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Top 7 Tips to Reduce The Cost of Flying

By Pauline Woods

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Airlines are screwing you on baggage fees, convenience fees, and holiday surcharges, read this to find out how to deal with all this. What can you do, you can’t get anywhere without paying for the flight - that is obvious. But does that mean the airlines have to take advantage of our dependence on their services? It looks like the answer is yes. In the last couple of years, airlines have been coming up with newer and more interesting ways to get us, their customers, to pay more. A few dollars here, a few dollars there, they come up with a way. They are quite creative about it and it doesn’t look like it is about to stop. What are we talking about? Keep reading.

  1. Checking Your Bags

    About a year ago, US Airways introduced a two-level payment deal for checking your bags. If you don’t pay for your flight online, you have to pay an additional $5 when you get to the airport. The airlines call this a discount for online customers, but it is actually the opposite. All those people who didn’t think or know about paying online get charged the extra $5. And of course, as always happens in business, one company starts the ball rolling. Now United, Delta, Hawaiian and Continental all charge that extra $5. The fees for your taking your belongings with you on the plane have gone up too, and even more for international flights. You might be paying up to $25 for your first suitcase if you’re flying closer to home but fly from the U.S. to Europe or to other overseas destinations and you could be paying anywhere up to$60 for the second bag you check.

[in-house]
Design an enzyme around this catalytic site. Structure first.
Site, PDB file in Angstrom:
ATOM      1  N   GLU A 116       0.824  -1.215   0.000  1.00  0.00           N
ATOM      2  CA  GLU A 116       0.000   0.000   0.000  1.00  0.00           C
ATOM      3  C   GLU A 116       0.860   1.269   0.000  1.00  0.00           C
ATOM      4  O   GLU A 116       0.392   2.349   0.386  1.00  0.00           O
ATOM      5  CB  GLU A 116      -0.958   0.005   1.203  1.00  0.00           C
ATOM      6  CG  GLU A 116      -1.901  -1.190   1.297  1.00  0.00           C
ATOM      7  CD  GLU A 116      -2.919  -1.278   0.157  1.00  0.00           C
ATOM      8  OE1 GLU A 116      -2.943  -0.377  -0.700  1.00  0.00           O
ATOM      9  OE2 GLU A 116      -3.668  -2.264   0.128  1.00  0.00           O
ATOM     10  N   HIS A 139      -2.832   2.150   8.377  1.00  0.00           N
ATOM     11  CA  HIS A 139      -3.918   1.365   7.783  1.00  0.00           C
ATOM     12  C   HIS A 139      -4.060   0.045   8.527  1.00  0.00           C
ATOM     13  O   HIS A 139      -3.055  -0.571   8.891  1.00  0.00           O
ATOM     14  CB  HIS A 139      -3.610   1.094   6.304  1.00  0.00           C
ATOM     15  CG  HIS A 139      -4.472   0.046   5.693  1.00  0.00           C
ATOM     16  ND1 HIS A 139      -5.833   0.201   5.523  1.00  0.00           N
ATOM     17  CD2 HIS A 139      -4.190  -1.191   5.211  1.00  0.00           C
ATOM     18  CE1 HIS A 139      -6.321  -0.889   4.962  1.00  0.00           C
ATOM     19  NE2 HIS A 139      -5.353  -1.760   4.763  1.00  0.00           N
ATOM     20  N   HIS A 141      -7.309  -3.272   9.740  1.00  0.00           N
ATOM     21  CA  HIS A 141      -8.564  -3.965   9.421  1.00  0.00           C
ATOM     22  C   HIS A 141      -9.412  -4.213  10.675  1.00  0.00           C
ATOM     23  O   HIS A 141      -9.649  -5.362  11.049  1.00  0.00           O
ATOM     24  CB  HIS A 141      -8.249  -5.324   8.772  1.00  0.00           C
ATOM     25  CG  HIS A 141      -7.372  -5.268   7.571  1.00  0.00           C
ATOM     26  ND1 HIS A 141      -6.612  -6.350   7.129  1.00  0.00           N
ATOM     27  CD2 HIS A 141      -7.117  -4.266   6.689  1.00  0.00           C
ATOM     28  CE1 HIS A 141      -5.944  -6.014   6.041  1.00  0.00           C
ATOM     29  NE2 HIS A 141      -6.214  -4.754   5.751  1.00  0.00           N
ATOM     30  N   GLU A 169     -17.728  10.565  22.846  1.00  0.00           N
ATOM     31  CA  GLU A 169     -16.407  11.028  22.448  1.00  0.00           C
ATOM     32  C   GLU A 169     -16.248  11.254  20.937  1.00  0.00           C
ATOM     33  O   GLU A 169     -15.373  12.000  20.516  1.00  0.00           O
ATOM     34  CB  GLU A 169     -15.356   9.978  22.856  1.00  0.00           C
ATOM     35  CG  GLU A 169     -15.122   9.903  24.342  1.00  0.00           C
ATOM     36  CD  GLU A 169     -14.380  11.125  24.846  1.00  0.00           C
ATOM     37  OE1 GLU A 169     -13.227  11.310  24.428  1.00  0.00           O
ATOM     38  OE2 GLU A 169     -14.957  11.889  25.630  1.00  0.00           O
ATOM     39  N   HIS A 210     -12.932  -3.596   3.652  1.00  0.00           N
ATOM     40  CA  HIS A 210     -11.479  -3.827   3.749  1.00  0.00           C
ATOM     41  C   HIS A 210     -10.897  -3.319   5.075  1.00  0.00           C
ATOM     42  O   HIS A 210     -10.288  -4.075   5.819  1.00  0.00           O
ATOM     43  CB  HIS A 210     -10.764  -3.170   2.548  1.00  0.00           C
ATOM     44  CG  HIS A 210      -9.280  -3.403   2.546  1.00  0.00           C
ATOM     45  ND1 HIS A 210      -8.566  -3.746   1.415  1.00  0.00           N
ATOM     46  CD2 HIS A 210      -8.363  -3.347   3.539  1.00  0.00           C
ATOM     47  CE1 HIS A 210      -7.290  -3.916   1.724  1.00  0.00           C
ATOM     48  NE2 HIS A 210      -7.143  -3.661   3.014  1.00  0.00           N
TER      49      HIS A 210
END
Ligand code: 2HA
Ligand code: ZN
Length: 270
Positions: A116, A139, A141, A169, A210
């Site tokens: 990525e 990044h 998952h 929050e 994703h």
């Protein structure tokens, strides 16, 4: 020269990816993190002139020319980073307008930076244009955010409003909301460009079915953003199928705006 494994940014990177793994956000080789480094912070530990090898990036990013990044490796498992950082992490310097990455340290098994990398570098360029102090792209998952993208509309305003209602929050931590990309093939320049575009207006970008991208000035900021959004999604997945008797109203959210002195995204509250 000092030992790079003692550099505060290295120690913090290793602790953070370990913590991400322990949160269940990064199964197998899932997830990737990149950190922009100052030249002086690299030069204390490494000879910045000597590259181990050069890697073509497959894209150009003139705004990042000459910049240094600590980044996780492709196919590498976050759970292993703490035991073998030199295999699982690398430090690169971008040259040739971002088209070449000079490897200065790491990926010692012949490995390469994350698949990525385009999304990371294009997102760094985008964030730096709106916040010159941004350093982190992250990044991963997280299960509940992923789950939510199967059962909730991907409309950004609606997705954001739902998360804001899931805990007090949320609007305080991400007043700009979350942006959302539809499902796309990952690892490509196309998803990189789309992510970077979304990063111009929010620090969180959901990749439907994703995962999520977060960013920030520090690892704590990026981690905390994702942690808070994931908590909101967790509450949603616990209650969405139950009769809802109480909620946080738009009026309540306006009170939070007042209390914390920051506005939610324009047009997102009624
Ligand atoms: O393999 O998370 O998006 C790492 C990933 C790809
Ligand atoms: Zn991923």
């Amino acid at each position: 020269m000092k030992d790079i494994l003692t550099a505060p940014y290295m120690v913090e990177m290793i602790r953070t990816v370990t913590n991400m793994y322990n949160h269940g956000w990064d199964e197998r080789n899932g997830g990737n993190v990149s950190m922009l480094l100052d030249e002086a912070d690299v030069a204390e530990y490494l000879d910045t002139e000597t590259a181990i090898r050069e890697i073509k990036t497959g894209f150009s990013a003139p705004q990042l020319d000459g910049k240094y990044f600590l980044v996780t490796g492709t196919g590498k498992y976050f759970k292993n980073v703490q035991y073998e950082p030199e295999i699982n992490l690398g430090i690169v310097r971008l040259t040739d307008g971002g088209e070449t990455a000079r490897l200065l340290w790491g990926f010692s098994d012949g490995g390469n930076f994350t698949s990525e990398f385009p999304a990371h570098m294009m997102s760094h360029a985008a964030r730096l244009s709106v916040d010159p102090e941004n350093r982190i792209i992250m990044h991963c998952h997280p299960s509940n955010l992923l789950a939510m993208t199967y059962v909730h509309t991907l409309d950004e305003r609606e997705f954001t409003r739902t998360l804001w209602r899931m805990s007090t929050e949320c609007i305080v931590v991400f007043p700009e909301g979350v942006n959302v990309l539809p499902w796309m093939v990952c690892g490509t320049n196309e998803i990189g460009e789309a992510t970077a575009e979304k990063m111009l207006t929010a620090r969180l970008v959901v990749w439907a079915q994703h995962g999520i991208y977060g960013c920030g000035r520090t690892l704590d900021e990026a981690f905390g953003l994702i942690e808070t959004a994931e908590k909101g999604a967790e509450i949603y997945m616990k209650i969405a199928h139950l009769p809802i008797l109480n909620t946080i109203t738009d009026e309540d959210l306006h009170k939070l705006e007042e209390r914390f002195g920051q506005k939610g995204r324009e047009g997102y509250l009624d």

Nowadays, there are only two airlines that allow you to check your suitcases for free; Jet Blue (but only the first bag) and Southwest (two bags). Nice to know that there are still a couple of airlines who will do things the old way... It is a good idea to always check online for up-to-date airline fees. And while you’re looking into it, remember that the airlines find other services to charge us for. When you cancel or change your ticket, you get charged, and some of the airlines have a two-level system for this too. Three airlines that have such a twofold price structure for change fees are Alaska, Spirit, and Virgin America. The airlines make a lot of easy money because people so often change their plans.

  2. Carry-on Bags

    Did you think you can take a small carry-on suitcase onto the flight for free? That is starting to change too. This year Spirit began to charge fees up to $45 for that bag you prefer to hold onto and not check. Only a small handbag that can be placed under the seat doesn’t get charged. What does this mean? Like you, we are waiting to see if the other airlines will join the party. If they do, then carry-on charges might be the way of the future. This sounds like a little too much – there is even one U.S. senator fighting against these charges. Let’s hope he succeeds in making his voice heard.

  3. Holiday Surcharges